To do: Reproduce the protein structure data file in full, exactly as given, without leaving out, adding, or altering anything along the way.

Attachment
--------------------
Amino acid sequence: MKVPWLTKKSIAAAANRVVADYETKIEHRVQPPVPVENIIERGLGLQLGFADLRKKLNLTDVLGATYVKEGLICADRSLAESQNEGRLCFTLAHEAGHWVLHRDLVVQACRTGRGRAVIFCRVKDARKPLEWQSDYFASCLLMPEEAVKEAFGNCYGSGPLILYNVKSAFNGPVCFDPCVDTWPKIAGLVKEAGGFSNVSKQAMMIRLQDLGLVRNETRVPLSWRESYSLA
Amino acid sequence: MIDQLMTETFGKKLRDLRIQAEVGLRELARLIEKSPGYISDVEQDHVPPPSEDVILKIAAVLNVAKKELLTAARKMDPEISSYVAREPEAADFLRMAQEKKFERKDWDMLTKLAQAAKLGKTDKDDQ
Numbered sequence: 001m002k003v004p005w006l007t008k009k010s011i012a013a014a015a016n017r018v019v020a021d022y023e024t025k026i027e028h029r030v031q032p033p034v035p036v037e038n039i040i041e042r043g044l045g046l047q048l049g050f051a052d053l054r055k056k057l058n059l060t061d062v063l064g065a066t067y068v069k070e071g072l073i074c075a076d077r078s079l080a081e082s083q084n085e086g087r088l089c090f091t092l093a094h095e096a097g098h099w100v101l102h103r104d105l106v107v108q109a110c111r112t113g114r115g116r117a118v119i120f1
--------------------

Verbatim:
Amino acid sequence: MKVPWLTKKSIAAAANRVVADYETKIEHRVQPPVPVENIIERGLGLQLGFADLRKKLNLTDVLGATYVKEGLICADRSLAESQNEGRLCFTLAHEAGHWVLHRDLVVQACRTGRGRAVIFCRVKDARKPLEWQSDYFASCLLMPEEAVKEAFGNCYGSGPLILYNVKSAFNGPVCFDPCVDTWPKIAGLVKEAGGFSNVSKQAMMIRLQDLGLVRNETRVPLSWRESYSLA
Amino acid sequence: MIDQLMTETFGKKLRDLRIQAEVGLRELARLIEKSPGYISDVEQDHVPPPSEDVILKIAAVLNVAKKELLTAARKMDPEISSYVAREPEAADFLRMAQEKKFERKDWDMLTKLAQAAKLGKTDKDDQ
Numbered sequence: 001m002k003v004p005w006l007t008k009k010s011i012a013a014a015a016n017r018v019v020a021d022y023e024t025k026i027e028h029r030v031q032p033p034v035p036v037e038n039i040i041e042r043g044l045g046l047q048l049g050f051a052d053l054r055k056k057l058n059l060t061d062v063l064g065a066t067y068v069k070e071g072l073i074c075a076d077r078s079l080a081e082s083q084n085e086g087r088l089c090f091t092l093a094h095e096a097g098h099w100v101l102h103r104d105l106v107v108q109a110c111r112t113g114r115g116r117a118v119i120f1